The Benefits of Cinnamon
Research studies have shown that cinnamon regulates blood sugar. This is great for diabetics and really anyone who wants to stabilize their blood sugar levels. Here’s a little trick (you probably already know this) slice up an apple and sprinkle some cinnamon on it. It will enhance the flavor of the apple. Research has shown that cinnamon decreases the rate at which food exits your body, thus you feel full for a longer time frame (gastric emptying). This also helps prevent blood sugar levels from rising after meals. Cinnamon may help people with type II diabetes by improving their ability to respond to insulin. The US Agricultural Research Service conducted a study with 60 participants who had type II diabetes and who were not taking insulin. Participants were divided into groups. For forty days, participants consumed different amounts of cinnamon per day. Three groups were given 1, 3, or 6 grams of cinnamon and three other groups were given a placebo. The results from the research study showed that there was a 20% reduction in blood sugar levels and triglyceride levels were also reduced.
Cinnamon also reduces LDL cholesterol levels. Cholesterol is needed by the body for synthesizing hormones, producing vitamin D (when you’re not getting vitamin D from the sun, the cholesterol in your body is actually converted to vitamin D) and much more.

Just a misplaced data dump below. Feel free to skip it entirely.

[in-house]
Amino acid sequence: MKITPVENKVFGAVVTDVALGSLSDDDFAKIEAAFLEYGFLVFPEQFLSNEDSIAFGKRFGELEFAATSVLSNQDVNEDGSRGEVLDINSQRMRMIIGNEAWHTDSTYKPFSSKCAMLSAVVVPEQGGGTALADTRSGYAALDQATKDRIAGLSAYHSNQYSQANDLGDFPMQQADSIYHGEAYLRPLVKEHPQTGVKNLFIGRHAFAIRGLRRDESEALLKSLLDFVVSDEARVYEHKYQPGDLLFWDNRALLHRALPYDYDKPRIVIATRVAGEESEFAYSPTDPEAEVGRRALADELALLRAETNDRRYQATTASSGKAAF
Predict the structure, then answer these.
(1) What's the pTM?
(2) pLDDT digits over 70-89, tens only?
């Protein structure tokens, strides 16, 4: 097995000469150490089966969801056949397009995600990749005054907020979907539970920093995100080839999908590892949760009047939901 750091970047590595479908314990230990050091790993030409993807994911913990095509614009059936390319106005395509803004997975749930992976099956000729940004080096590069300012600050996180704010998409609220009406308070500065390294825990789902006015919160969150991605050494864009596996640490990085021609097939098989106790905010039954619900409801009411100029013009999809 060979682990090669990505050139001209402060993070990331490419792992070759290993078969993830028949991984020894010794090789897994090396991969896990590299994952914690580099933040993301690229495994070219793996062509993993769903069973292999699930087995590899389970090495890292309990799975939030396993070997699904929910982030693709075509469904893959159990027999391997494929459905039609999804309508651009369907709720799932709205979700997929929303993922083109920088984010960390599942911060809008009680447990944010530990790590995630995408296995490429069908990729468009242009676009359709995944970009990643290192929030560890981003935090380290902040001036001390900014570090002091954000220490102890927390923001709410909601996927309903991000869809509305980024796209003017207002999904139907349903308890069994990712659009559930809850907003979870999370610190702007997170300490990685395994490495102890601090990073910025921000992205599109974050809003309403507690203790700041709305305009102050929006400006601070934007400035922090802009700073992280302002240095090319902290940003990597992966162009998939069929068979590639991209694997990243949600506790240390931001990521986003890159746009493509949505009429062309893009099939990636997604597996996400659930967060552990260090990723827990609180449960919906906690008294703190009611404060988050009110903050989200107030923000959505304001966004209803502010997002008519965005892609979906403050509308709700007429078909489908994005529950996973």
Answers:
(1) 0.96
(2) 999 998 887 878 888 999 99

Cinnamon also has anti-bacterial properties. Regular use of cinnamon has been shown to increase immune function and to be effective against bacteria like Candida albicans and Helicobacter pylori.
Anti-inflammatory properties found in cinnamon help relieve symptoms of arthritis. A research study conducted by the United States Department of Agriculture found that half a teaspoon of cinnamon twice a day actually reduces risk factors associated with diabetes and cardiovascular disease by 10-30%.3
According to World’s Healthiest Foods, in 2 teaspoons of cinnamon there is 45.5% manganese, 11% fiber, and 5.2% calcium. Manganese is important for a healthy bone structure. It acts as a coenzyme to facilitate metabolic activity, absorption of calcium, formation in connective tissue, and metabolism of carbohydrates.
Cinnamon contains a compound called cinnamaldehyde. This compound has been researched for its effects on blood platelets. Over clumping of platelets can decrease blood flow. Cinnamaldehyde helps prevent over clumping of blood platelets by inhibiting the release of arachidonic acid which is an inflammatory compound.
Even cinnamon’s scent helps brain function. Cinnamon enhances cognitive processing. So, next time you’re in doubt, smell some cinnamon.
Cinnamon helps to improve colon health and protect against cardiovascular disease.
Cinnamon like ginger has a warming effect. It makes you sweat out toxins.